You are most welcome. Thank you. The Panama was my favourite too, such freedom. Karen
My reply to you slipped further down the comments list. My apologies. I am happy to know there was impact for you. Panama hats are brilliant for style and sun screening. Karen
Thank you for sharing your story and your positive attitude, Karen.
I appreciate your comment, thank you
My best friend had breast cancer and has come through it. I felt so helpless and wished there had been support for the supporters, to help them understand more. Thank you so much Karen for sharing your story. It is appreciated x
Watching someone we love go through cancer is heart rending. I’ve done it too. I welcomed simple things, a message of love. Thank you for your message.
Karen, if I may be so shallow, you are extraordinarily pretty in every picture. I would stare at you if I saw you somewhere! You are a treat to lay eyes on. I pray that you stay well and keep on sharing your beauty with the world.
I wasn’t expecting that Kathleen, thank you! Karen
I was just diagnosed with Invasive Ductal Cancer. I had my Chemo port installed today and start Chemo next week. Thanks for sharing your story. You don’t know how much this helps.
I’m so grateful that this resonates for you. You will find your way, be brave and kind. Karen
I have done the dance with breast cancer myself so fully understand you. I tackled it differently by choosing to ignore it as much as possible. I continued going into the office as much as I could as it worked for me. The radiation got to me more than anything and to this day 6 years later the burns still flare up from time to time. Thank you for sharing Karen.
We find our own best way and you found yours. I hear the pain of the flair ups. Thank you for your story Karen
A wonderful story. Continue to be positive and gorgeous
Thank you Sheila, your feedback is welcome and heartening. Karen
Karen I agree with Kathleen, how pretty you are, and what an inspiration to us all. Thank you, and sending you very best wishes for your future good health.
Thank you for your affirmation Jan. I hope for good health and wish the same for you.
Thank you Karen for sharing your story, I’m so pleased you are “out the other side” and you look fabulous.
Thank you Kate. As Sean Rowe says in his song ‘Gas Station Rose’ “Well, maybe the mountain in our eyes, Looks more like a molehill from the other side”. It certainly feels like that. Also, I appreciate all your loving help with the Arbonne products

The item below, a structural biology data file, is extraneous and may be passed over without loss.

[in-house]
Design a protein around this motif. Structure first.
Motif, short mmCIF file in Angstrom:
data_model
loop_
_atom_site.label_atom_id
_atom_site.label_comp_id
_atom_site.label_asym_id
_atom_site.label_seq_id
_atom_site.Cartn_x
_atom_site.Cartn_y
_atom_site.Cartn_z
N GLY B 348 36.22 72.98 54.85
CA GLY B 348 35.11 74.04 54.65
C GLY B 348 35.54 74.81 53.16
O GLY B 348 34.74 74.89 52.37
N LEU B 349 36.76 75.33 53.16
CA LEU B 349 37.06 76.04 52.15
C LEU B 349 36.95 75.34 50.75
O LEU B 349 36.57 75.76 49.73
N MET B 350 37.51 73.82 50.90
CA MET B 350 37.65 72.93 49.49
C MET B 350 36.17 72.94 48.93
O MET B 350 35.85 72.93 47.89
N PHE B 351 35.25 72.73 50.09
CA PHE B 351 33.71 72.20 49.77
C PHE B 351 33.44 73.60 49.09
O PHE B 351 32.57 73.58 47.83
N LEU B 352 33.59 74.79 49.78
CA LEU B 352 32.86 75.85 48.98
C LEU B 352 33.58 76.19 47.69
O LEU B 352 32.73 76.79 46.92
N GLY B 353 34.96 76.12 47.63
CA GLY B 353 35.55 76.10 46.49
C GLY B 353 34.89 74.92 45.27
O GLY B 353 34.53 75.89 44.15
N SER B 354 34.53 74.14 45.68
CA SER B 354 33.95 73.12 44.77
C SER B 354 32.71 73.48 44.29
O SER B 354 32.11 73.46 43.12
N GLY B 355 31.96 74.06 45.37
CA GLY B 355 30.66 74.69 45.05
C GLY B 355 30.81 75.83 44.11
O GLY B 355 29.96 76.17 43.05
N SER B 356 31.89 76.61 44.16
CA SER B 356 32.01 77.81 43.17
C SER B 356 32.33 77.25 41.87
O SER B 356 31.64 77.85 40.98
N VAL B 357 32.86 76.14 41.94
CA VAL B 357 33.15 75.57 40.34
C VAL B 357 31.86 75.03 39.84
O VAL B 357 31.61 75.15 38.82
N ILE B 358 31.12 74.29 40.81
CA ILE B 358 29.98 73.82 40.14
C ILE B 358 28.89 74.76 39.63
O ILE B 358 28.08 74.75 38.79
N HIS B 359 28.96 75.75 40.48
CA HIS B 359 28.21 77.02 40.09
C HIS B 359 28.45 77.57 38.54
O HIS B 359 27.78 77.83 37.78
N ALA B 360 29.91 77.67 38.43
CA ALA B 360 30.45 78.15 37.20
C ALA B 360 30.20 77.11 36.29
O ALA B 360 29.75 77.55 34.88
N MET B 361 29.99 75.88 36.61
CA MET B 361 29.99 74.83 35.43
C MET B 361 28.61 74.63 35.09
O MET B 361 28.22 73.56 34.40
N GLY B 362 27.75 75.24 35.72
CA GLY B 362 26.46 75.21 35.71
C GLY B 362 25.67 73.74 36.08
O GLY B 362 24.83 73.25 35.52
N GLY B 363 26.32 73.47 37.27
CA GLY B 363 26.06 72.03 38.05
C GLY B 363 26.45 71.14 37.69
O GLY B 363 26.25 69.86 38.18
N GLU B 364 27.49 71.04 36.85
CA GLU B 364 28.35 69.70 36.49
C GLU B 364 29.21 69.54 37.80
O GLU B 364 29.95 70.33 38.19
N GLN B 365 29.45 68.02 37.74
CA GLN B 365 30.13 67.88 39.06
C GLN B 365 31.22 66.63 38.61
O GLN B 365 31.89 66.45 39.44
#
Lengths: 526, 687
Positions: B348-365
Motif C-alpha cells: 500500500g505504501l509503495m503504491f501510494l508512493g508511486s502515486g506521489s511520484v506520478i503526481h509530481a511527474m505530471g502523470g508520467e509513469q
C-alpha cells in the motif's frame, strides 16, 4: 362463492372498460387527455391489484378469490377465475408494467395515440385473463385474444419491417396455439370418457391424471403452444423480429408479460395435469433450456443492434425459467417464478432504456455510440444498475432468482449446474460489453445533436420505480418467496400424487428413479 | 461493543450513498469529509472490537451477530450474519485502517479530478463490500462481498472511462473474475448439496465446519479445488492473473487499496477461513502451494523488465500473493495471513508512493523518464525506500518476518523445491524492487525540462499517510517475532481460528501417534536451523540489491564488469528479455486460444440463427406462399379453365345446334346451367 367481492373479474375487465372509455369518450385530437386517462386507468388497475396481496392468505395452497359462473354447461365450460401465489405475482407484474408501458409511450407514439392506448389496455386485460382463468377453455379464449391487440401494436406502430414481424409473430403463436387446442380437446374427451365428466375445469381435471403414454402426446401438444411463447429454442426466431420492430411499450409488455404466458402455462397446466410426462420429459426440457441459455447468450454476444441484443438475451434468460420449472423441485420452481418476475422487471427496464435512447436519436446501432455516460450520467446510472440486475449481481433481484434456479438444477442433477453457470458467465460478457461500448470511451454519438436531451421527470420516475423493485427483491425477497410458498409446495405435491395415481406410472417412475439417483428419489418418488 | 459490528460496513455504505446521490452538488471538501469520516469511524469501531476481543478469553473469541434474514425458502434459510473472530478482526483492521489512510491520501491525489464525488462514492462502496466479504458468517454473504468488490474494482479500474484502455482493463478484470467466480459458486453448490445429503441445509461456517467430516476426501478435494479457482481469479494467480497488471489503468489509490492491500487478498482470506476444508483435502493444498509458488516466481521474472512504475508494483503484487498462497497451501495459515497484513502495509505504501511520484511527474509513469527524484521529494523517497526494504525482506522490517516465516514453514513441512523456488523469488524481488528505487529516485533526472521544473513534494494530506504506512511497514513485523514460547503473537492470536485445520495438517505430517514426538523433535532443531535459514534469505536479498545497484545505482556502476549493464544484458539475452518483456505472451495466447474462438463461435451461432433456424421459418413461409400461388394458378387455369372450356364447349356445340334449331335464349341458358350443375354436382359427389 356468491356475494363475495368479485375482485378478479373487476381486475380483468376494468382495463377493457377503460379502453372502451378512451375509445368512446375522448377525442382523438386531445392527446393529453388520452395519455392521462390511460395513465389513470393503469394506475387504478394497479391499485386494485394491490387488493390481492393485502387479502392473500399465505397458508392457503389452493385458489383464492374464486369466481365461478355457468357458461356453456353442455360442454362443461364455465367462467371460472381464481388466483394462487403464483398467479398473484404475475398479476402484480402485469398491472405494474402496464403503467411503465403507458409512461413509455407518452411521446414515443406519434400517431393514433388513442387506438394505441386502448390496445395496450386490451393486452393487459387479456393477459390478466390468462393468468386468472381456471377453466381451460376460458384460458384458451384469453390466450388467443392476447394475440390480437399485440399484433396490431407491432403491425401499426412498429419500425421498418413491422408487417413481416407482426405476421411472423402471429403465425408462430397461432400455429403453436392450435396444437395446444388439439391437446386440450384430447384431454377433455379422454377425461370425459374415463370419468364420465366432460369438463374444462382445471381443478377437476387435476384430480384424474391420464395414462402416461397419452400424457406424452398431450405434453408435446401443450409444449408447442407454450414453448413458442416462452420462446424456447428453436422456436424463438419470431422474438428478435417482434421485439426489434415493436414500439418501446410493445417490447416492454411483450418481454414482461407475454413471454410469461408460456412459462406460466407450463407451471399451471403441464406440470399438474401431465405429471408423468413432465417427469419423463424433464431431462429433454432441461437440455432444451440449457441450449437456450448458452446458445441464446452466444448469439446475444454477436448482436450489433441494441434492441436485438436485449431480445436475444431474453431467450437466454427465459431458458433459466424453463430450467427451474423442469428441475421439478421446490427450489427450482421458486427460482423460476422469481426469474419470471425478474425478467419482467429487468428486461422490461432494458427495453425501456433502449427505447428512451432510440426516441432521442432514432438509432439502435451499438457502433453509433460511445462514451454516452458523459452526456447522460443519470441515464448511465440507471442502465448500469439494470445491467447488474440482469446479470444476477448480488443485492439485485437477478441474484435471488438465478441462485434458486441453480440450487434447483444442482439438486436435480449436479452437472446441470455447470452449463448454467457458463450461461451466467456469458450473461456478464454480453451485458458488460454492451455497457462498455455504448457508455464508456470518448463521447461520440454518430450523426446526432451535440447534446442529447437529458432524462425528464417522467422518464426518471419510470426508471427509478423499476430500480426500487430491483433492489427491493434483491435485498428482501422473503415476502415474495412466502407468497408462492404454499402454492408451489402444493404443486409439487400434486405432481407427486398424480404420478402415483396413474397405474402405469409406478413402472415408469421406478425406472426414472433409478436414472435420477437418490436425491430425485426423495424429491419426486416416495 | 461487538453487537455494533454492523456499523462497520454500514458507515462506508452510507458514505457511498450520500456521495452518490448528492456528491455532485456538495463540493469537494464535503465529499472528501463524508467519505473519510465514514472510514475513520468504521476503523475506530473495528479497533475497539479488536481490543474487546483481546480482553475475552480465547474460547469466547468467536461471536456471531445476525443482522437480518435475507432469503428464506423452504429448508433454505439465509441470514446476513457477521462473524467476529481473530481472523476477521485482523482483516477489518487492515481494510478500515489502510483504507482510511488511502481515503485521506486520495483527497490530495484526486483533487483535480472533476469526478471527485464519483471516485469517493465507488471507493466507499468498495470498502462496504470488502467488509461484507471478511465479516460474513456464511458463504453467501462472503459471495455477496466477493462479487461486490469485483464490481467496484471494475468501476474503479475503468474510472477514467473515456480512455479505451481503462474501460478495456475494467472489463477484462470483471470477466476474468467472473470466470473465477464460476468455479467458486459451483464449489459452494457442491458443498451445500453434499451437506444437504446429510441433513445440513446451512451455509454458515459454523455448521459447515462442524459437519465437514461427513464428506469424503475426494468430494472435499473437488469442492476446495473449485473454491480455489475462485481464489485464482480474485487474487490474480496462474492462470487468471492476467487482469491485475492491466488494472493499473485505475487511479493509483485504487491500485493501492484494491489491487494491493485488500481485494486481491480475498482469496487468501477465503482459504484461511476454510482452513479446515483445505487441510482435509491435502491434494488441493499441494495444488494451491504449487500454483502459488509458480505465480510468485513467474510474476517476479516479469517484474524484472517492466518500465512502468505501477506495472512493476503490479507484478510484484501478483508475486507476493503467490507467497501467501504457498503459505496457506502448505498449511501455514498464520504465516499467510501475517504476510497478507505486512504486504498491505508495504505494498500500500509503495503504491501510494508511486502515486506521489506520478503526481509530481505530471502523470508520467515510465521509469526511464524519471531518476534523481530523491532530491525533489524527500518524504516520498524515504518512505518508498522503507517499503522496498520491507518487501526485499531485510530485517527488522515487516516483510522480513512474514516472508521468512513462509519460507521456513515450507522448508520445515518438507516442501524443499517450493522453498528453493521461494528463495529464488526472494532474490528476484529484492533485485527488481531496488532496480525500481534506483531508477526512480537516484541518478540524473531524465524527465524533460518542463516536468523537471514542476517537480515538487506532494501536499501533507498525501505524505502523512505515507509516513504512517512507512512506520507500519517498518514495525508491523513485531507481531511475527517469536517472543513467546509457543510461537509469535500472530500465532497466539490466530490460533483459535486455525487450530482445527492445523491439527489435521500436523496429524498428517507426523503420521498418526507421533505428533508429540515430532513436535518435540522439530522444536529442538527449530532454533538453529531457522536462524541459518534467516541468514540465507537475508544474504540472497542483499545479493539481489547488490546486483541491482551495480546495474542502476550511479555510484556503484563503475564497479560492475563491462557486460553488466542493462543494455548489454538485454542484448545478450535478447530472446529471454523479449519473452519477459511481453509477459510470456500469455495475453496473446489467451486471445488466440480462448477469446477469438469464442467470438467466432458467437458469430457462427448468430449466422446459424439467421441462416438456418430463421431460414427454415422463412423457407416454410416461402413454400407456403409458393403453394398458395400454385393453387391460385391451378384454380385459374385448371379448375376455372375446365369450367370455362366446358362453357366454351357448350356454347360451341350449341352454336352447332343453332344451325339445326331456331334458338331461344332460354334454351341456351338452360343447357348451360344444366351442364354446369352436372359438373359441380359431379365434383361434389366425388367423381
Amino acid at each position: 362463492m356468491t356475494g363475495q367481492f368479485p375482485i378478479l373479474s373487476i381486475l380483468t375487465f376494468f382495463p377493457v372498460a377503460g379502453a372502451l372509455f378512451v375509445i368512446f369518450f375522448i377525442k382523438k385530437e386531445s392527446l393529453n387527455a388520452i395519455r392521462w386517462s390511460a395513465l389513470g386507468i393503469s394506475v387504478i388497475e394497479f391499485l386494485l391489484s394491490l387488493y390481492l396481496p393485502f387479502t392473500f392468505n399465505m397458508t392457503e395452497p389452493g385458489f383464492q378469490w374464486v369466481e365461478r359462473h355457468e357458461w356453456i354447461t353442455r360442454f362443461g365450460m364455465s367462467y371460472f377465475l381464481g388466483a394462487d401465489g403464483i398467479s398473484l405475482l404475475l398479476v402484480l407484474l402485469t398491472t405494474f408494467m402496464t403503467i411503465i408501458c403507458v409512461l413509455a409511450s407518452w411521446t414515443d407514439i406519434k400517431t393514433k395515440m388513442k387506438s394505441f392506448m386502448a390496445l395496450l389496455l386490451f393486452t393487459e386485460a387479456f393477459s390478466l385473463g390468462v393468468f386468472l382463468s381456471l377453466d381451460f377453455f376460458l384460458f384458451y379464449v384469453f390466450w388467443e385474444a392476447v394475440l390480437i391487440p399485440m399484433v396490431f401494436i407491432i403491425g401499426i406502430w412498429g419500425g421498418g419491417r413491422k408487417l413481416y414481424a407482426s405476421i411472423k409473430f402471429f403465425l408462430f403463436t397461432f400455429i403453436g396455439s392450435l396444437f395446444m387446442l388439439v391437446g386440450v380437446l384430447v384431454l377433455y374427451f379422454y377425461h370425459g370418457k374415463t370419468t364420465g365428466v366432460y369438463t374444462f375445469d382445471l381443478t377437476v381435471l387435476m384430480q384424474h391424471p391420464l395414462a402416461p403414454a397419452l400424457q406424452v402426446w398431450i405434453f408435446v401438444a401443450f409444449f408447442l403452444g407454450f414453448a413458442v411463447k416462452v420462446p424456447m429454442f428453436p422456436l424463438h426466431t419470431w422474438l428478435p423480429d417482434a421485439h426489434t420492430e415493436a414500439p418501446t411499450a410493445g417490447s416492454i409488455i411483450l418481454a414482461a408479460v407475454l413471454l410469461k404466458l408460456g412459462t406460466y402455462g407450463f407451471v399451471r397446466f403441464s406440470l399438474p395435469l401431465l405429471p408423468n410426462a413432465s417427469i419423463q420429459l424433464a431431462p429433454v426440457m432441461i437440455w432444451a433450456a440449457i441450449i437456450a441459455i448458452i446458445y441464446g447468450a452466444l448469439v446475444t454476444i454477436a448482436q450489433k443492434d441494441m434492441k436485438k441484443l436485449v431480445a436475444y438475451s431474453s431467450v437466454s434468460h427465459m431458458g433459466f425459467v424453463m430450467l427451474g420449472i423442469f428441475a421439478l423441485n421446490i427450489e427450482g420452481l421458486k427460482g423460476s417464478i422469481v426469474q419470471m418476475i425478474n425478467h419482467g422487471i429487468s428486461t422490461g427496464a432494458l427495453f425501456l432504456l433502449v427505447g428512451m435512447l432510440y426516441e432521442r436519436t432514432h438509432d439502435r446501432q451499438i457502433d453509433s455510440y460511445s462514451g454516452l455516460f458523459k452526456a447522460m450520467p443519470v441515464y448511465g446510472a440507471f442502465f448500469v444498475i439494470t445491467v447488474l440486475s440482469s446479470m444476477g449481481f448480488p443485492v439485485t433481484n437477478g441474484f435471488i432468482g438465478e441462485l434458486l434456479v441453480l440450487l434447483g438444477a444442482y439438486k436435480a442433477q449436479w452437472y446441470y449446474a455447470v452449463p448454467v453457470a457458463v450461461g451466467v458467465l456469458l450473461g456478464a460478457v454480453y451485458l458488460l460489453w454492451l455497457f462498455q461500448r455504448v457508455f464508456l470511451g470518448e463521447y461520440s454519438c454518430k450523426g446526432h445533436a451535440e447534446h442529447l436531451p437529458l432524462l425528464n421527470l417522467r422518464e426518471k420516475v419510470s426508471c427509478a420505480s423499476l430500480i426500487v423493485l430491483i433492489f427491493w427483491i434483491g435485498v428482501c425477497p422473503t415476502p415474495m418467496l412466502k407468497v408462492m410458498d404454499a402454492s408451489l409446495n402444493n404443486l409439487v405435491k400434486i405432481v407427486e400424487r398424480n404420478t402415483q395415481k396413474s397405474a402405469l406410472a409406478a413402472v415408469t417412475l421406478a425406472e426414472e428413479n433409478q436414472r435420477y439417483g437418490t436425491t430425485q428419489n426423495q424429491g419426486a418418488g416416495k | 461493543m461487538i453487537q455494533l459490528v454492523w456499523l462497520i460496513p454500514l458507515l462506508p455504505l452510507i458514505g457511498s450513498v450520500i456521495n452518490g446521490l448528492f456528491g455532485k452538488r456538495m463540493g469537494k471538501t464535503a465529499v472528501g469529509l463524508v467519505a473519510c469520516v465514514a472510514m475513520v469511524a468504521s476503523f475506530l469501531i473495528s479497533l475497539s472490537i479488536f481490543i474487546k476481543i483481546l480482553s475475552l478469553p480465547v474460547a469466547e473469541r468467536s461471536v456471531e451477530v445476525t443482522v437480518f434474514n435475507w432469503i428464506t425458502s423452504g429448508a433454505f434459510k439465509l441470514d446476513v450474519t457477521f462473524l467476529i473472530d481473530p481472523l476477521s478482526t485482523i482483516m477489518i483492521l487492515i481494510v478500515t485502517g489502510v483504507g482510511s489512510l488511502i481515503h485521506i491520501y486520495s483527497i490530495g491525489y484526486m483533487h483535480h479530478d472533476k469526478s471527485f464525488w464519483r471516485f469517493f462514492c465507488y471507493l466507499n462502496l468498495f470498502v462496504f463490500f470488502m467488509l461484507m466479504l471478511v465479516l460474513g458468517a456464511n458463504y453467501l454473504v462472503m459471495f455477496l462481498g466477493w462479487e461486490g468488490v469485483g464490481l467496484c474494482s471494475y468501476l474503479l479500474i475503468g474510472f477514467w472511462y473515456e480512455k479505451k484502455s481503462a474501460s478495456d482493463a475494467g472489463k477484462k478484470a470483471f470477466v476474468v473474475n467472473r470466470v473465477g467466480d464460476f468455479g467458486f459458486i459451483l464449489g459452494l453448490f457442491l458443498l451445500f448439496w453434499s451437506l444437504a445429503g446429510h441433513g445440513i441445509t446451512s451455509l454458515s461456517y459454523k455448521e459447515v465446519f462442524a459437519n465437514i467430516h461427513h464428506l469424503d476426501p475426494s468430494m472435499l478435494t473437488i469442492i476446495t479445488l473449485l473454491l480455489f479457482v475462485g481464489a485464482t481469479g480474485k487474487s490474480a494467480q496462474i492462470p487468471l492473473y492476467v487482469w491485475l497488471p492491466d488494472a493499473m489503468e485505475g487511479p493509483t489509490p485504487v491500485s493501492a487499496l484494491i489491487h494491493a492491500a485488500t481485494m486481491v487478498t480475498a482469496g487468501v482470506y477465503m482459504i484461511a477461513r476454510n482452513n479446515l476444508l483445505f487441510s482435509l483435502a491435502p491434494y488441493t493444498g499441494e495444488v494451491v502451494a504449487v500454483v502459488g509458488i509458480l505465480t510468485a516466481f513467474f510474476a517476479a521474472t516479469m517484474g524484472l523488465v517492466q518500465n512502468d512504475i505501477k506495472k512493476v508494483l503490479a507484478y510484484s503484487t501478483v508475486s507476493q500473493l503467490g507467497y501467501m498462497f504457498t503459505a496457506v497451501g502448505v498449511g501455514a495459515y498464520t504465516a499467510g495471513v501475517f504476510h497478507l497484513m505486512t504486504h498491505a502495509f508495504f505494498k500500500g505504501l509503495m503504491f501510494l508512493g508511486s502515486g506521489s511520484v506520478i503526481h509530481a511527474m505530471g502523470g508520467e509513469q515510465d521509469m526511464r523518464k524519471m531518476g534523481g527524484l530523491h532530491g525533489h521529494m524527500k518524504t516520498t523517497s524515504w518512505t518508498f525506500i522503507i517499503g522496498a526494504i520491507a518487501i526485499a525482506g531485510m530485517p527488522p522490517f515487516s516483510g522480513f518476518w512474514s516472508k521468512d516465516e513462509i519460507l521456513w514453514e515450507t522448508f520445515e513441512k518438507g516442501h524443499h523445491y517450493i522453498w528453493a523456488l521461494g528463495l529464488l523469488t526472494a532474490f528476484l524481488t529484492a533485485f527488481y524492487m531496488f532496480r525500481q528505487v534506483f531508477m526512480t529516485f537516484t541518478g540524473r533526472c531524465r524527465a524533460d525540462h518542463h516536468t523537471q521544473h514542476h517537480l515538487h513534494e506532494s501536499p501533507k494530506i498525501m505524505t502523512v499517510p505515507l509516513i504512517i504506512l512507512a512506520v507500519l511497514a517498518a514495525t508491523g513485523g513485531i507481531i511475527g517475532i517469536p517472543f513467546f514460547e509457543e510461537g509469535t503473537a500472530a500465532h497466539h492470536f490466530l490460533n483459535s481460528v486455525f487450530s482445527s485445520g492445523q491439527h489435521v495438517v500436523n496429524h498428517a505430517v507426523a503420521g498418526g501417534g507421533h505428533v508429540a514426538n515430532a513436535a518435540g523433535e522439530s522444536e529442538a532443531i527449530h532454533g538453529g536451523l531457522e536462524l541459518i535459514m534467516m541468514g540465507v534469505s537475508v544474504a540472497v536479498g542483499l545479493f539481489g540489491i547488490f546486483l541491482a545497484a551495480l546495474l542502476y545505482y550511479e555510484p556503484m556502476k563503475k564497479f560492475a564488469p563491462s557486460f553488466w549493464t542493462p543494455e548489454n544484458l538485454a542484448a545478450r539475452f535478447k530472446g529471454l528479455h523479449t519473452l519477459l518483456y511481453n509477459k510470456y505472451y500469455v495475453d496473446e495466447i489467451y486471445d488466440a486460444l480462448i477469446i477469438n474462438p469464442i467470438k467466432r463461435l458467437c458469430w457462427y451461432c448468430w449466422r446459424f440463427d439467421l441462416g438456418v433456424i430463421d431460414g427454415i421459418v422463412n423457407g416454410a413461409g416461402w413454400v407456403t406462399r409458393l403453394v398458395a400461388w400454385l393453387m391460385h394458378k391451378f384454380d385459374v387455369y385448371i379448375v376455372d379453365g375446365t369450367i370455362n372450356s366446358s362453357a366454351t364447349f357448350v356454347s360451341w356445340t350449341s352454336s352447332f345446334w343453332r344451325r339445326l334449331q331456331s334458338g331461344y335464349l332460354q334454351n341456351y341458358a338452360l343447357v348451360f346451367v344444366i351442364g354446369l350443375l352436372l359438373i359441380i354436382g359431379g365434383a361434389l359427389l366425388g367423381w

I was diagnosed with breast cancer last year at the ripe old age of 75. I found the lump myself & was seen very quickly. The tumour was the size of a walnut so I called it “Nutty” after lymph nodes removed fortunately it hadn’t spread , 15 sessions of radiotherapy I’m hoping I’m clear , at least for another year. Women over 70 no longer have mammograms which is awful. You can request them which I did , even so I found that lump myself . Wishing you good health xx
I’m so glad you found ‘nutty’ and have been treated quickly. You are wise to ask for ongoing mammograms beyond age 70. My mother didn’t and was stage 4 and dying when diagnosed. Wishing you a continuing cancer free life, full of joy.
What a wonderful positive attitude, your wig looks great on you. I send you love and prayers for a complete recovery,
Thank you Shirley, the wig was remarkable and gave me confidence. Trusting that Molly has left…
You are a brave and strong soul Karen xxx
Thank you Hannah! I value all your encouragement and support xx
God bless all you lovely compatriots and give you the strength to carry on supporting one all
God bless you too, we need each other
Absolutely wonderful! Thank you! My good friend forwarded this blog to me for this article and I’m so glad she did. I finished surgery and chemo, but surgeon wants to go back for better “margins” before radiation. I think not, but I love your positive attitude and suggestions. And you look great in the Panama hat and the adorable wig!
Oh Fran, I hear how this story touches you. I’m glad it landed so well. Thank you. Wishing you positive completion of your treatment.